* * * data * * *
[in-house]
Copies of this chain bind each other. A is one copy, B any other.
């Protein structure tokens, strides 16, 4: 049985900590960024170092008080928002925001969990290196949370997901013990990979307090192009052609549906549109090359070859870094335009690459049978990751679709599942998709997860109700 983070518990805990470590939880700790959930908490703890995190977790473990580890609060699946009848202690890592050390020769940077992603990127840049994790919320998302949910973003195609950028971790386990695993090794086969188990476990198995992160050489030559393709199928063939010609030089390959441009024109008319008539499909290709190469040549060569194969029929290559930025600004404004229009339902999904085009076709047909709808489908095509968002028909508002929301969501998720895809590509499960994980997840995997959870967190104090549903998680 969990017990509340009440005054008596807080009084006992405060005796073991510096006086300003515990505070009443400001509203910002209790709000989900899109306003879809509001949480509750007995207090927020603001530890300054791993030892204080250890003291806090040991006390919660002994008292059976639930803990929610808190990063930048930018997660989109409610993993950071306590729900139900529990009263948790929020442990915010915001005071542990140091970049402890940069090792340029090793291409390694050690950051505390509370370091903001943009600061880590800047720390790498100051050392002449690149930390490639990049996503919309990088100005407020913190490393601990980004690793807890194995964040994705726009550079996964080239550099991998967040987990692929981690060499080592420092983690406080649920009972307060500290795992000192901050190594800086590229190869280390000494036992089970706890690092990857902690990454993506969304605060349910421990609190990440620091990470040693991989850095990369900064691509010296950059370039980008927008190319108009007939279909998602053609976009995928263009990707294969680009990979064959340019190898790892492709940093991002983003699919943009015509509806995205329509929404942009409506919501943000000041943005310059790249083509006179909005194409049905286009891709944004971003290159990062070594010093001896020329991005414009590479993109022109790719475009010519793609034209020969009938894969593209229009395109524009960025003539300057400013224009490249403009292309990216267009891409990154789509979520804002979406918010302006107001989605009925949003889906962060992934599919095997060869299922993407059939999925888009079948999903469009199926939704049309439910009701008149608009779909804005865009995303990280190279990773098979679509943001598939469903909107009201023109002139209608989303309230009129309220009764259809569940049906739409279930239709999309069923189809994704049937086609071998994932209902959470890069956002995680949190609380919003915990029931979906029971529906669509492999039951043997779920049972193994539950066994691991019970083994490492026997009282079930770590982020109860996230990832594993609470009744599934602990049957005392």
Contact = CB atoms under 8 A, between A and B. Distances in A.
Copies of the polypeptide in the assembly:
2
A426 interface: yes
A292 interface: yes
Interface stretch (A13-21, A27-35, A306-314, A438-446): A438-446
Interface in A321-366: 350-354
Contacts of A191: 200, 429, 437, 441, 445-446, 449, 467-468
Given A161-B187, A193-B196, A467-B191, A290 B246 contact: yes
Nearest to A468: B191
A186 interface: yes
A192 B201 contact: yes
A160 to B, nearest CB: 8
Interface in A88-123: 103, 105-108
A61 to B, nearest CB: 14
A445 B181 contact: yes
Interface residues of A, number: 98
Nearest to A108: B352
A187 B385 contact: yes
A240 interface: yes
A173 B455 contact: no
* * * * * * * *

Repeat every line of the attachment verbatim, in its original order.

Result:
[in-house]
Copies of this chain bind each other. A is one copy, B any other.
């Protein structure tokens, strides 16, 4: 049985900590960024170092008080928002925001969990290196949370997901013990990979307090192009052609549906549109090359070859870094335009690459049978990751679709599942998709997860109700 983070518990805990470590939880700790959930908490703890995190977790473990580890609060699946009848202690890592050390020769940077992603990127840049994790919320998302949910973003195609950028971790386990695993090794086969188990476990198995992160050489030559393709199928063939010609030089390959441009024109008319008539499909290709190469040549060569194969029929290559930025600004404004229009339902999904085009076709047909709808489908095509968002028909508002929301969501998720895809590509499960994980997840995997959870967190104090549903998680 969990017990509340009440005054008596807080009084006992405060005796073991510096006086300003515990505070009443400001509203910002209790709000989900899109306003879809509001949480509750007995207090927020603001530890300054791993030892204080250890003291806090040991006390919660002994008292059976639930803990929610808190990063930048930018997660989109409610993993950071306590729900139900529990009263948790929020442990915010915001005071542990140091970049402890940069090792340029090793291409390694050690950051505390509370370091903001943009600061880590800047720390790498100051050392002449690149930390490639990049996503919309990088100005407020913190490393601990980004690793807890194995964040994705726009550079996964080239550099991998967040987990692929981690060499080592420092983690406080649920009972307060500290795992000192901050190594800086590229190869280390000494036992089970706890690092990857902690990454993506969304605060349910421990609190990440620091990470040693991989850095990369900064691509010296950059370039980008927008190319108009007939279909998602053609976009995928263009990707294969680009990979064959340019190898790892492709940093991002983003699919943009015509509806995205329509929404942009409506919501943000000041943005310059790249083509006179909005194409049905286009891709944004971003290159990062070594010093001896020329991005414009590479993109022109790719475009010519793609034209020969009938894969593209229009395109524009960025003539300057400013224009490249403009292309990216267009891409990154789509979520804002979406918010302006107001989605009925949003889906962060992934599919095997060869299922993407059939999925888009079948999903469009199926939704049309439910009701008149608009779909804005865009995303990280190279990773098979679509943001598939469903909107009201023109002139209608989303309230009129309220009764259809569940049906739409279930239709999309069923189809994704049937086609071998994932209902959470890069956002995680949190609380919003915990029931979906029971529906669509492999039951043997779920049972193994539950066994691991019970083994490492026997009282079930770590982020109860996230990832594993609470009744599934602990049957005392």
Contact = CB atoms under 8 A, between A and B. Distances in A.
Copies of the polypeptide in the assembly:
2
A426 interface: yes
A292 interface: yes
Interface stretch (A13-21, A27-35, A306-314, A438-446): A438-446
Interface in A321-366: 350-354
Contacts of A191: 200, 429, 437, 441, 445-446, 449, 467-468
Given A161-B187, A193-B196, A467-B191, A290 B246 contact: yes
Nearest to A468: B191
A186 interface: yes
A192 B201 contact: yes
A160 to B, nearest CB: 8
Interface in A88-123: 103, 105-108
A61 to B, nearest CB: 14
A445 B181 contact: yes
Interface residues of A, number: 98
Nearest to A108: B352
A187 B385 contact: yes
A240 interface: yes
A173 B455 contact: no